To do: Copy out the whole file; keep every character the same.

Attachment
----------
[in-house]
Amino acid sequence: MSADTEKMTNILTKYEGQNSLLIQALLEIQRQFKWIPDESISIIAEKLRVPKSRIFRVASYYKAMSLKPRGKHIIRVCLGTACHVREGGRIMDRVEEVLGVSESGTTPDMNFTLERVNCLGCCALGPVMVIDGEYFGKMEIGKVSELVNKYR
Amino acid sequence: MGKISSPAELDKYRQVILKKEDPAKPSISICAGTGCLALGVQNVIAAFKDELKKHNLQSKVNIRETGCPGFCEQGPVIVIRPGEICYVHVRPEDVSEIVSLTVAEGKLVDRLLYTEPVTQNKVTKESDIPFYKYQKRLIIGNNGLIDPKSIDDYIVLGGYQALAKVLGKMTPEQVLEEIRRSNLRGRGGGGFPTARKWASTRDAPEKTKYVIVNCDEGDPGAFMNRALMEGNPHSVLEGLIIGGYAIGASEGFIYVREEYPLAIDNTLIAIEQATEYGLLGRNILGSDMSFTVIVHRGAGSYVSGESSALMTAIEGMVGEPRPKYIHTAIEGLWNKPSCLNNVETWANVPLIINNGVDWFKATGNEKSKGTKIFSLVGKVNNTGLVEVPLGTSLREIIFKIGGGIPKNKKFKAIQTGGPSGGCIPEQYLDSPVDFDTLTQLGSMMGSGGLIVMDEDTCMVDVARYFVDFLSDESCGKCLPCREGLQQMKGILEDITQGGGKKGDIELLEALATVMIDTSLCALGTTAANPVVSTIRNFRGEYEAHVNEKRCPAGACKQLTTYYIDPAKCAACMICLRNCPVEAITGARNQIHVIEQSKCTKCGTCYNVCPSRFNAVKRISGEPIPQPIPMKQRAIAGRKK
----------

[in-house]
Amino acid sequence: MSADTEKMTNILTKYEGQNSLLIQALLEIQRQFKWIPDESISIIAEKLRVPKSRIFRVASYYKAMSLKPRGKHIIRVCLGTACHVREGGRIMDRVEEVLGVSESGTTPDMNFTLERVNCLGCCALGPVMVIDGEYFGKMEIGKVSELVNKYR
Amino acid sequence: MGKISSPAELDKYRQVILKKEDPAKPSISICAGTGCLALGVQNVIAAFKDELKKHNLQSKVNIRETGCPGFCEQGPVIVIRPGEICYVHVRPEDVSEIVSLTVAEGKLVDRLLYTEPVTQNKVTKESDIPFYKYQKRLIIGNNGLIDPKSIDDYIVLGGYQALAKVLGKMTPEQVLEEIRRSNLRGRGGGGFPTARKWASTRDAPEKTKYVIVNCDEGDPGAFMNRALMEGNPHSVLEGLIIGGYAIGASEGFIYVREEYPLAIDNTLIAIEQATEYGLLGRNILGSDMSFTVIVHRGAGSYVSGESSALMTAIEGMVGEPRPKYIHTAIEGLWNKPSCLNNVETWANVPLIINNGVDWFKATGNEKSKGTKIFSLVGKVNNTGLVEVPLGTSLREIIFKIGGGIPKNKKFKAIQTGGPSGGCIPEQYLDSPVDFDTLTQLGSMMGSGGLIVMDEDTCMVDVARYFVDFLSDESCGKCLPCREGLQQMKGILEDITQGGGKKGDIELLEALATVMIDTSLCALGTTAANPVVSTIRNFRGEYEAHVNEKRCPAGACKQLTTYYIDPAKCAACMICLRNCPVEAITGARNQIHVIEQSKCTKCGTCYNVCPSRFNAVKRISGEPIPQPIPMKQRAIAGRKK